This unwillingness to move outside the American capitalist perspective has brought about certain geopolitical consequences for the alternative Right. While it occasionally displays a less hawkish stance than mainstream American conservatism, often tending towards paleoconservative non-interventionism, it still displays a certain Cold War paranoia regarding socialism. On a positive note, the toxic attitude toward Russia has been somewhat moderated, albeit for reasons of Putin’s apparent machismo rather resulting from serious consideration of his foreign policy. And yet by no means has Russophobia disappeared. There are many in the milieu who have been fooled by the propaganda of Banderism into aligning with the EU and NATO against Novorossiya. Moreover, the attitude of the alternative Right toward socialism in South America is still one of brazen hostility and neocolonialism. Figures such as Hugo Chávez and Juan Perón are demonized, and the ideology of socialism, rather than American neocolonial capitalism, is blamed for the sufferings of Latin America. They lionize that tool of the CIA, Augusto Pinochet, while fantasizing about tossing “Communists” off of helicopters to save capitalism. It is grossly hypocritical for a movement that claims to be nationalist to heap praise upon a man who overthrew the government of his own country with foreign support and who then turned nationalized assets over to multinational corporations that had loyalty to no nation.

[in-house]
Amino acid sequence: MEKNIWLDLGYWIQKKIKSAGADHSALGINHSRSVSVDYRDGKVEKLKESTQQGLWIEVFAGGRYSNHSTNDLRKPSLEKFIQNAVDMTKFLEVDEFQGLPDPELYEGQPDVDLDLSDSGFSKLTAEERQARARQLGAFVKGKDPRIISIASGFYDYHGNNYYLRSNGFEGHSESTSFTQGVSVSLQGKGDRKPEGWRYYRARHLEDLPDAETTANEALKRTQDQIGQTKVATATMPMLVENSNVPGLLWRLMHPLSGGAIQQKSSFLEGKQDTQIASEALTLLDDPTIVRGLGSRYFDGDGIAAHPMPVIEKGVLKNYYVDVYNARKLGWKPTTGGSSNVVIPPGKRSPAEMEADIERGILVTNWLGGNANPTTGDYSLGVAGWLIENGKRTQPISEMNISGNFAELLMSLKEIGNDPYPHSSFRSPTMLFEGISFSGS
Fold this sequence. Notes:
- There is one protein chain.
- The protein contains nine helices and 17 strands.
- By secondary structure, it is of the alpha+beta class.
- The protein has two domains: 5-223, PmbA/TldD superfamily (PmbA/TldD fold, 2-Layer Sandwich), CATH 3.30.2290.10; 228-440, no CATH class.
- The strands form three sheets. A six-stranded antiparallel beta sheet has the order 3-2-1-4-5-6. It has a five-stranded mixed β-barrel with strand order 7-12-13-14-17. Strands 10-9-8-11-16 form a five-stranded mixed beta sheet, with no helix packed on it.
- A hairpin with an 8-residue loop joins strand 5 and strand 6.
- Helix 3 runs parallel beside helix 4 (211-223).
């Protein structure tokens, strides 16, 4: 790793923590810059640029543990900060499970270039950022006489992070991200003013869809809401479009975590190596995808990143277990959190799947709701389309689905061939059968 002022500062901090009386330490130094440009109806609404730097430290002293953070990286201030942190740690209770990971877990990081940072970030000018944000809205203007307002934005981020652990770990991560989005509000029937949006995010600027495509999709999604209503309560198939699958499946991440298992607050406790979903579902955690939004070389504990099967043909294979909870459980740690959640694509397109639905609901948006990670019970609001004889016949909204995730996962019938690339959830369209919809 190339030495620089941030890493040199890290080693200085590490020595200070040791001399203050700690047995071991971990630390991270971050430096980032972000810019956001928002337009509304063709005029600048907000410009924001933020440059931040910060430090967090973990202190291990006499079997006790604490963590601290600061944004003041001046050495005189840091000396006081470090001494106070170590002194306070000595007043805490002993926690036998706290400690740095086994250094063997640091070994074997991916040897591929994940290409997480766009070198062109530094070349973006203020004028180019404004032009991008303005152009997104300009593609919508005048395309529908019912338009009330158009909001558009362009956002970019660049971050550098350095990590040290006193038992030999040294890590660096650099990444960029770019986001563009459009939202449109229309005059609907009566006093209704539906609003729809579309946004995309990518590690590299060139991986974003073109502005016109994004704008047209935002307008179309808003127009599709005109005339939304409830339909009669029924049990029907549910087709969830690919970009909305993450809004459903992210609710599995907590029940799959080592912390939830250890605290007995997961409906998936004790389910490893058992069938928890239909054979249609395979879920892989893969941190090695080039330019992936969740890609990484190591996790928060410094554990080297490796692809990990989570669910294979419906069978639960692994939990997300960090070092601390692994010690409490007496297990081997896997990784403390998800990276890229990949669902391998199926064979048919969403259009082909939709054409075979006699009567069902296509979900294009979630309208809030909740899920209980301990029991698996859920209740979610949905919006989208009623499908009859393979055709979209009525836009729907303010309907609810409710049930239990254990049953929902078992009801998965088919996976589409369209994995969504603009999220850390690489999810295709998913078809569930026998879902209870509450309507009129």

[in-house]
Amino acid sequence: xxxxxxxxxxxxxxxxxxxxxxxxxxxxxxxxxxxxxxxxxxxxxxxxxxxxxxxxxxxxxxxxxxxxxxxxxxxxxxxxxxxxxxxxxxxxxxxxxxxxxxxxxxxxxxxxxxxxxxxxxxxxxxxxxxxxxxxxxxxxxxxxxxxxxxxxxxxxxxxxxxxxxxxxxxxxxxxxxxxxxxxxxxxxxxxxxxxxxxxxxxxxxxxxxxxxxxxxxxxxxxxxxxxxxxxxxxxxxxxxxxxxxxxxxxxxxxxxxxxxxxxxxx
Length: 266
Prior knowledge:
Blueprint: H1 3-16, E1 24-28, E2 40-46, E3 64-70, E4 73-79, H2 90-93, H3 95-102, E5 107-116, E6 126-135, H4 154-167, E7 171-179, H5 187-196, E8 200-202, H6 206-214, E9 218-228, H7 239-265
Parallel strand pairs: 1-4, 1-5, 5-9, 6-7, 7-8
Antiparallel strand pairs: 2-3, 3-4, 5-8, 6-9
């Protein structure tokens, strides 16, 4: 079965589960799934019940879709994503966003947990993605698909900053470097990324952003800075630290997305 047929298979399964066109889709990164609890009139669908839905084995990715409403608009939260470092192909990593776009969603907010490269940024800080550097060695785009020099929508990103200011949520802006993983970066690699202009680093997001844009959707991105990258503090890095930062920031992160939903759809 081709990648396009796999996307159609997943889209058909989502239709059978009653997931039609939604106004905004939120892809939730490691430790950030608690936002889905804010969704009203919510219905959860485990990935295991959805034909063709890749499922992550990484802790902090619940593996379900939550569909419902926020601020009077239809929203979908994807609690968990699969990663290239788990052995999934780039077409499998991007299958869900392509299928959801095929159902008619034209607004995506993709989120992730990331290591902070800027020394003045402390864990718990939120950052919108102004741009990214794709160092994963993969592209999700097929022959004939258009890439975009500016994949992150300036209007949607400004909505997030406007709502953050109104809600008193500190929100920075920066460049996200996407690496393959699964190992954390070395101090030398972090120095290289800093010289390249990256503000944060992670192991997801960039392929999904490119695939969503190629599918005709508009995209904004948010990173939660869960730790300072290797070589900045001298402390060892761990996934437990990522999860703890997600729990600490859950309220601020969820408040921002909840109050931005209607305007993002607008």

Moreover, while rejecting the most egregious attempts of neoconservative nation-building and American neocolonialism in the Middle East, they mostly subscribe to the theses offered by Samuel Huntington’s The Clash of Civilizations, which reduce problems in the Middle East to a clash of civilizations between Europe and Islam. This completely ignores the roles European colonialism, and later Zionist and American neocolonialism, have played in destabilizing the region. Most Muslims are not immigrating to Europe for the purposes of jihad, but because they have been uprooted by capitalism, colonialism, and warfare imported from the West, and are welcomed as a useful labor supply by Western capitalists. This in turn leads the alternative Right to embrace figures like Geert Wilders or movements like the English Defense League, who attack Islam without uttering a word about Zionism or capitalism. They perversely relish lurid reports of rape or murder by immigrants. They confuse the symptoms of the issue, mainly immigration, with its root causes:American and Zionist interference in the Middle East. Some, though certainly not all, on the alternative Right have gone as far as stating that Israel is a model ethnic nationalist state and a bastion of Western civilization against Islam. However, they have not even considered for a moment what Western civilization means today. They would align themselves with feminists, homosexuals, liberals, and Zionists against Islam merely because Islam condemns these features that have been allowed to take root in the West. In this case, I would recommend they consult the radical Italian thinker Giorgio Freda, who said to those nationalists intent on defending “European civilization”: